An animal welfare charity that promotes better conditions for wild animals living in captivity, has welcomed the new Five Domains Model of animal welfare.
UK-based charity Wild Welfare, referred to the new 2020 Five Domains Model, which includes the latest scientific thinking on the welfare implications of human–animal interactions, as “a hugely important document”, when it was published recently.
The Five Domains Model for animal welfare assessment was developed as a way to accurately identify and classify the severity of animal welfare compromise and the 2020 version now includes the most up to date scientific theory on the positive and negative implications of human-animal interactions.
Wild Welfare’s acting UK director, Simon Marsh, said: “We are very pleased to see this update on the Five Domains Model. The inclusion of guidance on the potential impacts of human interactions on animal welfare makes this a hugely important document.
“As a charity, we already use the Model and its methods for evaluating and improving animal welfare in our work to make all zoos good zoos. We reference it widely in our literature and it forms a key component of our animal welfare training.”
First documented in 1994, Professor David Mellor and Dr Cam Reid developed the Five Domains Model as a tool for assessing animal welfare. The Model encompasses four physical domains (nutrition, environment, health and behaviour) and a fifth domain, mental state, which considers the ‘affective state’ of an animal, in other words its psychological wellbeing.
It is this affective state that has come to be considered such an important element of the Five Domains Model, and sets it aside from other animal welfare guidance, such as the Five Freedoms. The affective state denotes the animal’s overall feelings and the Model, rather than only looking at how to minimise negative states as a way of ensuring good welfare, demonstrates the importance of positive experiences for good animal welfare.
Interactive experiences between animals and visitors in zoos and aquariums continue to rise in both availability and popularity. Wild Welfare visits zoos around the world and sees first-hand the range of interactions on offer. Some are designed purely for human entertainment and can cause harm to animals, but some offer the potential to provide interesting and challenging opportunities for the animals involved and can contribute to their positive welfare in captivity.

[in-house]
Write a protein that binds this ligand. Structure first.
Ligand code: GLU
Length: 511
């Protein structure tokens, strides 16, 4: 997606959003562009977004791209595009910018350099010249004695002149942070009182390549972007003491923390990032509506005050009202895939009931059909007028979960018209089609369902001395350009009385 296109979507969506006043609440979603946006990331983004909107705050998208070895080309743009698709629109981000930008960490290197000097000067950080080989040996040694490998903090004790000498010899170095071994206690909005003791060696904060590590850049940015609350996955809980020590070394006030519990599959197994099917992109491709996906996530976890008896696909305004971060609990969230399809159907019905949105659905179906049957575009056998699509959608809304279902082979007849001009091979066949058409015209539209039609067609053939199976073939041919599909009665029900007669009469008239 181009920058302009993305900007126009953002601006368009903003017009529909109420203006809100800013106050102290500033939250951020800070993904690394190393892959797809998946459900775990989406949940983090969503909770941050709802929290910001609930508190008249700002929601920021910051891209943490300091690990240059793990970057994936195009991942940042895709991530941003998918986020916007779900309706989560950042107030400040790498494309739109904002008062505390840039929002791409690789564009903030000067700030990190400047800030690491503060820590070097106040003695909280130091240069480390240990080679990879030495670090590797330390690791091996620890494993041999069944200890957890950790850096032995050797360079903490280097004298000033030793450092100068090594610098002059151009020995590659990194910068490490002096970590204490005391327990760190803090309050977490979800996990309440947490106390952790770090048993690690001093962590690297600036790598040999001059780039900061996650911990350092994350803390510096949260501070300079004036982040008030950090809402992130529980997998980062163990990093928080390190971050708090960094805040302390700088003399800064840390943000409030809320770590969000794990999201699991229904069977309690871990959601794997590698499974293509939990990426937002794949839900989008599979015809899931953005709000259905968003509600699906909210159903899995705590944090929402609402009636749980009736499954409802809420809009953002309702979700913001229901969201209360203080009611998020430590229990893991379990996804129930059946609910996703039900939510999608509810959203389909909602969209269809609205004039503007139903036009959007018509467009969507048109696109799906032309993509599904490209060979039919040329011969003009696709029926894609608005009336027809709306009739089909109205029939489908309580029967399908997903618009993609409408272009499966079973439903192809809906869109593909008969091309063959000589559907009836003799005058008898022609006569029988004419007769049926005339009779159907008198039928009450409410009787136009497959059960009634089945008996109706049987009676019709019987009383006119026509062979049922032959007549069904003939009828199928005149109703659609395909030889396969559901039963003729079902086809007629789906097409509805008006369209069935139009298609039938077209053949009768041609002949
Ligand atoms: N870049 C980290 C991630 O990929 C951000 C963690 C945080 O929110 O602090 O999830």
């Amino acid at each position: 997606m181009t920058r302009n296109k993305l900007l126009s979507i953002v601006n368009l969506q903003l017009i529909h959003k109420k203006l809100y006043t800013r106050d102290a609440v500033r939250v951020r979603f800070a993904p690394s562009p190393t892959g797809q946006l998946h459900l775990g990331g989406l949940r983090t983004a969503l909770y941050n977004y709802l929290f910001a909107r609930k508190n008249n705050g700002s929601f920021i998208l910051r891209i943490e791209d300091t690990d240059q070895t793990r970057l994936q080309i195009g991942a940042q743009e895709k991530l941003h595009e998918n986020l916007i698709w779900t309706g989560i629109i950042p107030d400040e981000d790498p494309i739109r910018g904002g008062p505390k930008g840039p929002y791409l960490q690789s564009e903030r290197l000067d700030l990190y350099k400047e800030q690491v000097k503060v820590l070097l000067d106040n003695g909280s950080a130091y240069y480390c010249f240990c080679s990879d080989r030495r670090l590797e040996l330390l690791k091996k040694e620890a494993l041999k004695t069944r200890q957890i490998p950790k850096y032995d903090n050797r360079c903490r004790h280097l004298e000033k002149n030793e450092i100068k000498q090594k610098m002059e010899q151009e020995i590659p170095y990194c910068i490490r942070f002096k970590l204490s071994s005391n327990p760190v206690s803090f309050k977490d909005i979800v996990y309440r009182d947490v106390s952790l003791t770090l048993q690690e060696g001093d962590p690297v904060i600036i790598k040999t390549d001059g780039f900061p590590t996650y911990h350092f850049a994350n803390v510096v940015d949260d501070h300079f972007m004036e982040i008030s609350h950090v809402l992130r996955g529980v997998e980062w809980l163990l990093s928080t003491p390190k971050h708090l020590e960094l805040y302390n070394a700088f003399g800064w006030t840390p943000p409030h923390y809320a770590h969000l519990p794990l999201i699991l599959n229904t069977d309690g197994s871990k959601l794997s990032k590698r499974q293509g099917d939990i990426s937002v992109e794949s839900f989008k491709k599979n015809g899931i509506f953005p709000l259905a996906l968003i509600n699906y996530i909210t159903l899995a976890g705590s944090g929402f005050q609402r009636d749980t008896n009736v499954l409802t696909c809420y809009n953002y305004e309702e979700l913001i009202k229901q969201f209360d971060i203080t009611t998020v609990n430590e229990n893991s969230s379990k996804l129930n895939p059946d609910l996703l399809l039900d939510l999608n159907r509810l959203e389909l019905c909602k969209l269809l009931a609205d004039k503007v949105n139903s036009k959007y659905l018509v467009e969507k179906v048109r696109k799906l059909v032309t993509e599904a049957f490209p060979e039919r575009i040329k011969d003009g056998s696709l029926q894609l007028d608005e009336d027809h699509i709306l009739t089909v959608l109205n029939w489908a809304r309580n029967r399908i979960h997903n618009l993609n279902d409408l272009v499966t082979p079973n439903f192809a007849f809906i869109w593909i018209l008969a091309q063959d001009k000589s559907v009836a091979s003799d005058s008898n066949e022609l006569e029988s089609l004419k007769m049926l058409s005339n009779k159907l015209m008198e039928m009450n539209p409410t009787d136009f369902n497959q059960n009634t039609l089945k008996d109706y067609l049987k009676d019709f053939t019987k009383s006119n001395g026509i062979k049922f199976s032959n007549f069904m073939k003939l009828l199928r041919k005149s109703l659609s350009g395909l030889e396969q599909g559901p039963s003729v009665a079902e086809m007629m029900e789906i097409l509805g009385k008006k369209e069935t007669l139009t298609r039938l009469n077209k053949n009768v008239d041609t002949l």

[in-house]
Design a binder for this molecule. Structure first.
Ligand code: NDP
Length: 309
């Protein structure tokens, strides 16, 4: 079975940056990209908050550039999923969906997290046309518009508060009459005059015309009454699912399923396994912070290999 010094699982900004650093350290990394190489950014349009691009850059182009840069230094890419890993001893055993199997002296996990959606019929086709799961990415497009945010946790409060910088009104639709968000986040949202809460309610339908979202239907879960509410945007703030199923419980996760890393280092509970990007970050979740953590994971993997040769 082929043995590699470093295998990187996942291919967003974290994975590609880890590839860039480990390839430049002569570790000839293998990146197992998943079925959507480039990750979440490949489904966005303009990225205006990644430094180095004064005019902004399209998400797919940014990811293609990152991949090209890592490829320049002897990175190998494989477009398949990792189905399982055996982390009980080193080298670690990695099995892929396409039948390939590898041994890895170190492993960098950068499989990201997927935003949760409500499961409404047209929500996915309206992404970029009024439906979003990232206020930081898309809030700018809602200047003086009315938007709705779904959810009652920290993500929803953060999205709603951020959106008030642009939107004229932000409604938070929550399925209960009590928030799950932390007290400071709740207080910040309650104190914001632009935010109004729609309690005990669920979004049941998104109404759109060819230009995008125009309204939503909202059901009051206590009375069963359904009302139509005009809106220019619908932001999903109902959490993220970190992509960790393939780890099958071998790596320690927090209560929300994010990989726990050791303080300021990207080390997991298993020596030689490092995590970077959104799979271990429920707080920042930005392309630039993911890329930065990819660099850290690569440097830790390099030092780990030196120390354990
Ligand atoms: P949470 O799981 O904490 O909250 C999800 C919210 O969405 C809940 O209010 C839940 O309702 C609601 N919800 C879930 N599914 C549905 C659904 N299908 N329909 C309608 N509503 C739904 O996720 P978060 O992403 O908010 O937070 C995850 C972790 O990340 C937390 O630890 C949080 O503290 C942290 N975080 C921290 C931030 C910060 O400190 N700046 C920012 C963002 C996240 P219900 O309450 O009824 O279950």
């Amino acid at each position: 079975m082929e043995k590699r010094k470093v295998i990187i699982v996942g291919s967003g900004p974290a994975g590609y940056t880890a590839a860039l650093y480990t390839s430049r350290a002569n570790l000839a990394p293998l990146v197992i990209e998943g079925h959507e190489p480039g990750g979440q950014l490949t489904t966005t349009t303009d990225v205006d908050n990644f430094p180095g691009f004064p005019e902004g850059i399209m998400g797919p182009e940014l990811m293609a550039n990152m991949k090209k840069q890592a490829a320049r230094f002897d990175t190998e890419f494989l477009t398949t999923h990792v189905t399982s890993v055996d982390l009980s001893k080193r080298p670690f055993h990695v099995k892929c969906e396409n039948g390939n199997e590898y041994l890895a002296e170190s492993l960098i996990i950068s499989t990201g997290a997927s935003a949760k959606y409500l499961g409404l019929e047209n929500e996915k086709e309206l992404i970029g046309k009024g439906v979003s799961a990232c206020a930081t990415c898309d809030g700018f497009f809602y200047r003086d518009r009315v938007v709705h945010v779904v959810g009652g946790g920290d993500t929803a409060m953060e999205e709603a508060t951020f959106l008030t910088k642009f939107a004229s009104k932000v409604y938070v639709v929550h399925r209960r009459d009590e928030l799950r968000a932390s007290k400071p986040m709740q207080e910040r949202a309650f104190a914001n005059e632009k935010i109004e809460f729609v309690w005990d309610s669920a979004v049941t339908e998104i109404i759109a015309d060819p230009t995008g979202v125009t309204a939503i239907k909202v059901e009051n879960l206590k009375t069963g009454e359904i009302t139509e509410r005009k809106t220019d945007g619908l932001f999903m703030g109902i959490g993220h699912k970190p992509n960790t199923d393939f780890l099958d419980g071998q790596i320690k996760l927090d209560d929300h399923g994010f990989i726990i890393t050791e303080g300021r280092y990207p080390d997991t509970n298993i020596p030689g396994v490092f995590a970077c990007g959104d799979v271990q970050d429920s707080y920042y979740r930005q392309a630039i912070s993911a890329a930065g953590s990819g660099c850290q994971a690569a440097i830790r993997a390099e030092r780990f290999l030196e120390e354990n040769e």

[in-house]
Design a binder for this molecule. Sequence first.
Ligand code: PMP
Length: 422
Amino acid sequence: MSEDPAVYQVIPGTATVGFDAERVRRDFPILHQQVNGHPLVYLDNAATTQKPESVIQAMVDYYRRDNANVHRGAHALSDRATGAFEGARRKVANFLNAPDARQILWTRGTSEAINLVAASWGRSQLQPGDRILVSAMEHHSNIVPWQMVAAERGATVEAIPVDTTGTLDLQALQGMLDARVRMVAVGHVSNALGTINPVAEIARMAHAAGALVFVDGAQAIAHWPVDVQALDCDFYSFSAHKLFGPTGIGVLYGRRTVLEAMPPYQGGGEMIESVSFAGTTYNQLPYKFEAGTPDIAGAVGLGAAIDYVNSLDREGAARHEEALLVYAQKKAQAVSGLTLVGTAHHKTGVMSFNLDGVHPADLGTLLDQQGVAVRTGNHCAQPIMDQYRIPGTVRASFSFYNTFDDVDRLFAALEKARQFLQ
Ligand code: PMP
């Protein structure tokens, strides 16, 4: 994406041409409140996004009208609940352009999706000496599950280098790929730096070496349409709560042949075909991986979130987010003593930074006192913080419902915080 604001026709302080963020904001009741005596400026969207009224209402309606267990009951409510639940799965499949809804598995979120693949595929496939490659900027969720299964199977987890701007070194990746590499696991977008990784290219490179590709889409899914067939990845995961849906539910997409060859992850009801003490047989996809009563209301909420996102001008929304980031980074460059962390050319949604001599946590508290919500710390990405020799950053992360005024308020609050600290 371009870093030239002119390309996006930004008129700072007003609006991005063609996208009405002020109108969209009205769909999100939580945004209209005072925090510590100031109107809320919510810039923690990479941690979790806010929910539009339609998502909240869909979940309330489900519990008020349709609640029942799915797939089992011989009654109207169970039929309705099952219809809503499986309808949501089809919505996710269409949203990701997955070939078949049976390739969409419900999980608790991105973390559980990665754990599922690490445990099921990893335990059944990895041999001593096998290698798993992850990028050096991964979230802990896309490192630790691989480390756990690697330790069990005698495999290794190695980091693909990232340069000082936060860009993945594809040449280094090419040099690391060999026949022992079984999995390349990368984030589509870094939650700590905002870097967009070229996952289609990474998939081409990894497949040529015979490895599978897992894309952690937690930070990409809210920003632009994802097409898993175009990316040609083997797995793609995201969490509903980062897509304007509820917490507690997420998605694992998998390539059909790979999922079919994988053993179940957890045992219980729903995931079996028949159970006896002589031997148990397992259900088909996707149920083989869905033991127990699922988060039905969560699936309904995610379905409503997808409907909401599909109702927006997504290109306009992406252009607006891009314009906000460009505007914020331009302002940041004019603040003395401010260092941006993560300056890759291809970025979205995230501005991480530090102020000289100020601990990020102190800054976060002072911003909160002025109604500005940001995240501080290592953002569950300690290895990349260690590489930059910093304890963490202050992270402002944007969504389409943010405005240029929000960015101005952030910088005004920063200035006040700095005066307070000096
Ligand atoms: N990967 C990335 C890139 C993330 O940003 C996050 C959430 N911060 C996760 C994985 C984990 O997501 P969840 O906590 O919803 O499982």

“Positive human-animal interactions are very important for the health and wellbeing of captive wild animals, but with the increase in popularity of these interactions in zoos and captive facilities globally, some of which haven’t been given proper consideration in terms of the animal’s welfare, this piece of research has never been more welcome,” said Simon.
The new Five Domains Model examines the human-animal interactions likely to generate both negative affects, such as aversive training techniques and those likely to generate positive affects, for example animal care staff providing a favourite food.
In 2019, Wild Welfare contributed to a published study on the welfare implications for captive wild animals used in animal-visitor interactions in zoos and aquariums around the world.
The 2020 Five Domains Model: Including Human–Animal Interactions in Assessments of Animal Welfare, can be read and downloaded from Wild Welfare’s Welfare and Legislation page.
Notes to Editors
For more information or interview requests please contact Wild Welfare on firstname.lastname@example.org
Wild Welfare is a global organisation committed to improving animal welfare for captive wild animals. By uniting the world’s leading zoos, zoo associations and animal welfare organisations, we build trusting partnerships that help provide long-term solutions to critical wild animal welfare issues.
Our vision is to end the suffering of captive wild animals around the world and ensure full and sustainable protection is given to all animals in human care. Find out more at wildwelfare.org. Registered charity in England and Wales No.1165941.